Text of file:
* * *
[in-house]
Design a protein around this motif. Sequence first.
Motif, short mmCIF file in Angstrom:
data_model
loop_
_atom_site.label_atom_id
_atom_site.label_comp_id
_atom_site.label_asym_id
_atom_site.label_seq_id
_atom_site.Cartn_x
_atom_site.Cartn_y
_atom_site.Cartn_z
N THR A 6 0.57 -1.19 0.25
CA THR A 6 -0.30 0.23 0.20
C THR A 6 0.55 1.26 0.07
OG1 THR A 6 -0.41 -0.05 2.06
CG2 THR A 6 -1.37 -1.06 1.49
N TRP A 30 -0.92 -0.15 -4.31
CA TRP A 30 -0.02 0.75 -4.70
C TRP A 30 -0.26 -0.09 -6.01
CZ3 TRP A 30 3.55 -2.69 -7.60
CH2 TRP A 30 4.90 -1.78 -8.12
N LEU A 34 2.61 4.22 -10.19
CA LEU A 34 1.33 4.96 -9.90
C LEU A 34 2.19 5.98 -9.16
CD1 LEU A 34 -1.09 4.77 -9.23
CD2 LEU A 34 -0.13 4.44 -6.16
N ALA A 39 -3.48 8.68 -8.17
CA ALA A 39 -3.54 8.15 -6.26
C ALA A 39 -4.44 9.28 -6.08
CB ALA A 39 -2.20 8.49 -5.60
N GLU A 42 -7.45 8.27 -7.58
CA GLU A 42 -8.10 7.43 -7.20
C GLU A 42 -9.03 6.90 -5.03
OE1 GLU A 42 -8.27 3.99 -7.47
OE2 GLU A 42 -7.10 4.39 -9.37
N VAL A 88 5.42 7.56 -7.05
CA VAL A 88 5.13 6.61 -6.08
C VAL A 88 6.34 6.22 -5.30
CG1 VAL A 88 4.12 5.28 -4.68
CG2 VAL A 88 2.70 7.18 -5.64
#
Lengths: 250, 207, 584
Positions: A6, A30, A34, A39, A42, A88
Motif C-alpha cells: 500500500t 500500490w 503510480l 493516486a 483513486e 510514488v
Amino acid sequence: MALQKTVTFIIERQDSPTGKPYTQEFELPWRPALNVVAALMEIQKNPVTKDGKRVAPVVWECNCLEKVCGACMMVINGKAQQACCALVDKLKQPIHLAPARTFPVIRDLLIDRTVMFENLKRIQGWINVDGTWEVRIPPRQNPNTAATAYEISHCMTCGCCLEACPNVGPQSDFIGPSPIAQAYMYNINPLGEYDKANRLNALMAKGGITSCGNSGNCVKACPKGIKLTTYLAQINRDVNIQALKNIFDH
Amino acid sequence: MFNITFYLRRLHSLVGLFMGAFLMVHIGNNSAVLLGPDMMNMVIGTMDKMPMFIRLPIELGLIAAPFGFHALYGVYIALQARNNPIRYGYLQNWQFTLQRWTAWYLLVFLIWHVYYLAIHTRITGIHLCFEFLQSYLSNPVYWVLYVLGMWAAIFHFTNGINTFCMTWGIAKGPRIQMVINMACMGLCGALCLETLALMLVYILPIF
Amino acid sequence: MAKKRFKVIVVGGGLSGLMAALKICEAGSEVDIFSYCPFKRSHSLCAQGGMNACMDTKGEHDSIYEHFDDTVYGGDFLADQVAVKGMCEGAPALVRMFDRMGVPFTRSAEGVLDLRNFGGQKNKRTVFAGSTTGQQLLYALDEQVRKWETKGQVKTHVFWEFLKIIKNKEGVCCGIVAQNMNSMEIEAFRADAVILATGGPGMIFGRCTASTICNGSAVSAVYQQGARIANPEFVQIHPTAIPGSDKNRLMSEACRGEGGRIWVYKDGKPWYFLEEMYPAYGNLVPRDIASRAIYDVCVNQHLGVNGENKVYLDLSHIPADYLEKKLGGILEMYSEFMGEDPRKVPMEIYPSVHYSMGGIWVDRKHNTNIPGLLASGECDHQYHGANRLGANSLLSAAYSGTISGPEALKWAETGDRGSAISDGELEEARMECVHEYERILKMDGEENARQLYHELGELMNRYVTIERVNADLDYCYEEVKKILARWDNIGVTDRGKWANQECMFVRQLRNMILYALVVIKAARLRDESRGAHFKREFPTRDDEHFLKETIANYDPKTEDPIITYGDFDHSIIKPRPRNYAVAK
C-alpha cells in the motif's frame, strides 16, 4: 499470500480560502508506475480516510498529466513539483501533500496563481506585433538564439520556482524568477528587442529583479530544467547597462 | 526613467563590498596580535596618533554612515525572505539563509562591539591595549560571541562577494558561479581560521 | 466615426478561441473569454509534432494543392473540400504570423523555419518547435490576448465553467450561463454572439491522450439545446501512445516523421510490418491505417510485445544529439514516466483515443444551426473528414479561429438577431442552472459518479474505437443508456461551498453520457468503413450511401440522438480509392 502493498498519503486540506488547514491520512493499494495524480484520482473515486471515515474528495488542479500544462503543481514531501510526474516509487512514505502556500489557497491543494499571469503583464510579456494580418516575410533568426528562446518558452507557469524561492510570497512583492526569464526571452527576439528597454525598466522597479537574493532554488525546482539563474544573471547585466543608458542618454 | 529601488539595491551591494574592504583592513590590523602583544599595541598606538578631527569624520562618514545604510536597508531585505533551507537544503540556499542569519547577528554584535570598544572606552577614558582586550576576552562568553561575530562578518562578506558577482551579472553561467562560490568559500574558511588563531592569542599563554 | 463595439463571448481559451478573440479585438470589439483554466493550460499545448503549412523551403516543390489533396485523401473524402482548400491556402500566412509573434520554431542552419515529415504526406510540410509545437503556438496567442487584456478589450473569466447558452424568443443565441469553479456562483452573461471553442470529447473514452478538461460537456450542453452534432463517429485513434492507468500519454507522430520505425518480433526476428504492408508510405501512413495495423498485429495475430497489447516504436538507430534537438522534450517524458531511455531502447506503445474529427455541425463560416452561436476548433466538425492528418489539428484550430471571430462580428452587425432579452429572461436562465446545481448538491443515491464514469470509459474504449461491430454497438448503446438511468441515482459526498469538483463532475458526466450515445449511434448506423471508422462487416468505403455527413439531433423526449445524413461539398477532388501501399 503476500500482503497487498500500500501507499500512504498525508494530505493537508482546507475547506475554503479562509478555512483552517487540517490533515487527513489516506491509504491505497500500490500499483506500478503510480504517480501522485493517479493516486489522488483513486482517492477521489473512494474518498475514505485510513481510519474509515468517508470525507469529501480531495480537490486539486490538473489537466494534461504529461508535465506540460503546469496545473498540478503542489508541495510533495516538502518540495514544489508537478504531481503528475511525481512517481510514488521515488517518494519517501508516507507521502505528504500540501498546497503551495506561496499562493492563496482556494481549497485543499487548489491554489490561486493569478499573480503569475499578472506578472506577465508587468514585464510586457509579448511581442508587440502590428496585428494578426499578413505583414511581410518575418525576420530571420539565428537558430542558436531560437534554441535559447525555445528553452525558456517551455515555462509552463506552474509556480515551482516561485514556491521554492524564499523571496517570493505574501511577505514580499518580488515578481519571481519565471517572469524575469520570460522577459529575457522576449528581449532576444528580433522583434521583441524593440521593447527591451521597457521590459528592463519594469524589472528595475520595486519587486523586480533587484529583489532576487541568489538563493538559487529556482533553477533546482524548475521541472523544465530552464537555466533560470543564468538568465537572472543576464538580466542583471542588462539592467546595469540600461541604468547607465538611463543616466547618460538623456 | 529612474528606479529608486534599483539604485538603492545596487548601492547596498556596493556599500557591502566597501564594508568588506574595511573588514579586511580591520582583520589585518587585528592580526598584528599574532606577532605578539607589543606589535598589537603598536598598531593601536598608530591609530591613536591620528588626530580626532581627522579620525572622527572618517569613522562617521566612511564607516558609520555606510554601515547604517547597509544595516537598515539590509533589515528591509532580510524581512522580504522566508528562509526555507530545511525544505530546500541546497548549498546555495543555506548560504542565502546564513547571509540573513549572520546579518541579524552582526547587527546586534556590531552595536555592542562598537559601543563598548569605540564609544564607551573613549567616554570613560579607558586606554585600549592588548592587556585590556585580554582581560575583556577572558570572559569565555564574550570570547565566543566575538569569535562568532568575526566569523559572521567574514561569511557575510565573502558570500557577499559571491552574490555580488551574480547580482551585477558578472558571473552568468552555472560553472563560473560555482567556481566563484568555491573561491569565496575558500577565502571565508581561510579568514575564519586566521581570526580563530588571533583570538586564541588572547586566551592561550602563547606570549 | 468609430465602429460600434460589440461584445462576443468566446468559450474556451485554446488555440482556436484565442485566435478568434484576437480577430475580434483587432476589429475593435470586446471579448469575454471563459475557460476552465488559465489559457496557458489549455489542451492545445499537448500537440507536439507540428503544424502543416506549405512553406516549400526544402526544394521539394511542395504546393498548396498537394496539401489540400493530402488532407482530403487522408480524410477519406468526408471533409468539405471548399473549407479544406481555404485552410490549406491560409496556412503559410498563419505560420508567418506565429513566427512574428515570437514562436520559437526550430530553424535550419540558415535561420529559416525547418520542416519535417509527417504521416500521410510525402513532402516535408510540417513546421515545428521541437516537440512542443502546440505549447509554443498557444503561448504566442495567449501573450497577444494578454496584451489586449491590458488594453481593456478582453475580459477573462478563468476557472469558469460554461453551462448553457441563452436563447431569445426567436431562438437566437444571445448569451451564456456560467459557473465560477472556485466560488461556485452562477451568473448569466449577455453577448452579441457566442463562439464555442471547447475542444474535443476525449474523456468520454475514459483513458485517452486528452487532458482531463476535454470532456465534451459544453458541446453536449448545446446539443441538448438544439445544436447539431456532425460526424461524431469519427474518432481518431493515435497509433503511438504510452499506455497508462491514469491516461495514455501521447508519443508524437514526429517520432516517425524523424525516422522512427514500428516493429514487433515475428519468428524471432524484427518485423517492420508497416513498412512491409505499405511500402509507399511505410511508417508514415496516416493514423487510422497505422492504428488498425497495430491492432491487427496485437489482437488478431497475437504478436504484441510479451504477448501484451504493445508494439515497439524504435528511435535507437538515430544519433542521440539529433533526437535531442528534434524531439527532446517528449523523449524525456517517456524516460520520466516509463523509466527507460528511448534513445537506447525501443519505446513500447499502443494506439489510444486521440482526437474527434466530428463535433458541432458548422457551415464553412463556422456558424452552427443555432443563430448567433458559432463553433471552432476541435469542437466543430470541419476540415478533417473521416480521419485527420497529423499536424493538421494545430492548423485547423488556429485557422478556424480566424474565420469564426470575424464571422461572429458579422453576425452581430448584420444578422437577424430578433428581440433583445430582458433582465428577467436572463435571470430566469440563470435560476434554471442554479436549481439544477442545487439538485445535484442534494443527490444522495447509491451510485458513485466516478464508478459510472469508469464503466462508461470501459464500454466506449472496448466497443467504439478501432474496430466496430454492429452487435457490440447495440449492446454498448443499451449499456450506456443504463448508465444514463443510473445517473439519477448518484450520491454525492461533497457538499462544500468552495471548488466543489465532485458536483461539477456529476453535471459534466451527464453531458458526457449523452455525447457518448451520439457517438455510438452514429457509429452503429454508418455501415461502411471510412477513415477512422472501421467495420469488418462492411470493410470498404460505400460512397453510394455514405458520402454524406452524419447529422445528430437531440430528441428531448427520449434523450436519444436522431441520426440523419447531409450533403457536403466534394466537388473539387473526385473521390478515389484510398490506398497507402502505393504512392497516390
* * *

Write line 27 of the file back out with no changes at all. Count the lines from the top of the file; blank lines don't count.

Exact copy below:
CD2 LEU A 34 -0.13 4.44 -6.16